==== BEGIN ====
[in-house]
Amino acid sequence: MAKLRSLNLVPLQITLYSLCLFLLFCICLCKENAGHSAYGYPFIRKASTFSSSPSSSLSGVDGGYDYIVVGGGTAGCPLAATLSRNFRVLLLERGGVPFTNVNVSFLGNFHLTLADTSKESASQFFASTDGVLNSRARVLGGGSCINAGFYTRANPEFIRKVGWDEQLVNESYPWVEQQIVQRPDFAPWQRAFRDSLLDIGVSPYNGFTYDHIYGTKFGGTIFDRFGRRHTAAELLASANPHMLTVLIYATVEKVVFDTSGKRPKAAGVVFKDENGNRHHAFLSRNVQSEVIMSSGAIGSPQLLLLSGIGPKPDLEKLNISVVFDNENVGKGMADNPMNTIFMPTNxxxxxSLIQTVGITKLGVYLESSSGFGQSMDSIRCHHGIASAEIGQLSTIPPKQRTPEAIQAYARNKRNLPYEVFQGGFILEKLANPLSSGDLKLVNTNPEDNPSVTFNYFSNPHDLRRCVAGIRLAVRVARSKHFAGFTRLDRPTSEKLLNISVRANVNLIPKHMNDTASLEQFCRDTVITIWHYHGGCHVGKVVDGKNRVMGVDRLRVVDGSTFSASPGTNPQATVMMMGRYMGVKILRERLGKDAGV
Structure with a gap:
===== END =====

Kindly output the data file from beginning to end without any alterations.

[in-house]
Amino acid sequence: MAKLRSLNLVPLQITLYSLCLFLLFCICLCKENAGHSAYGYPFIRKASTFSSSPSSSLSGVDGGYDYIVVGGGTAGCPLAATLSRNFRVLLLERGGVPFTNVNVSFLGNFHLTLADTSKESASQFFASTDGVLNSRARVLGGGSCINAGFYTRANPEFIRKVGWDEQLVNESYPWVEQQIVQRPDFAPWQRAFRDSLLDIGVSPYNGFTYDHIYGTKFGGTIFDRFGRRHTAAELLASANPHMLTVLIYATVEKVVFDTSGKRPKAAGVVFKDENGNRHHAFLSRNVQSEVIMSSGAIGSPQLLLLSGIGPKPDLEKLNISVVFDNENVGKGMADNPMNTIFMPTNxxxxxSLIQTVGITKLGVYLESSSGFGQSMDSIRCHHGIASAEIGQLSTIPPKQRTPEAIQAYARNKRNLPYEVFQGGFILEKLANPLSSGDLKLVNTNPEDNPSVTFNYFSNPHDLRRCVAGIRLAVRVARSKHFAGFTRLDRPTSEKLLNISVRANVNLIPKHMNDTASLEQFCRDTVITIWHYHGGCHVGKVVDGKNRVMGVDRLRVVDGSTFSASPGTNPQATVMMMGRYMGVKILRERLGKDAGV
Structure with a gap: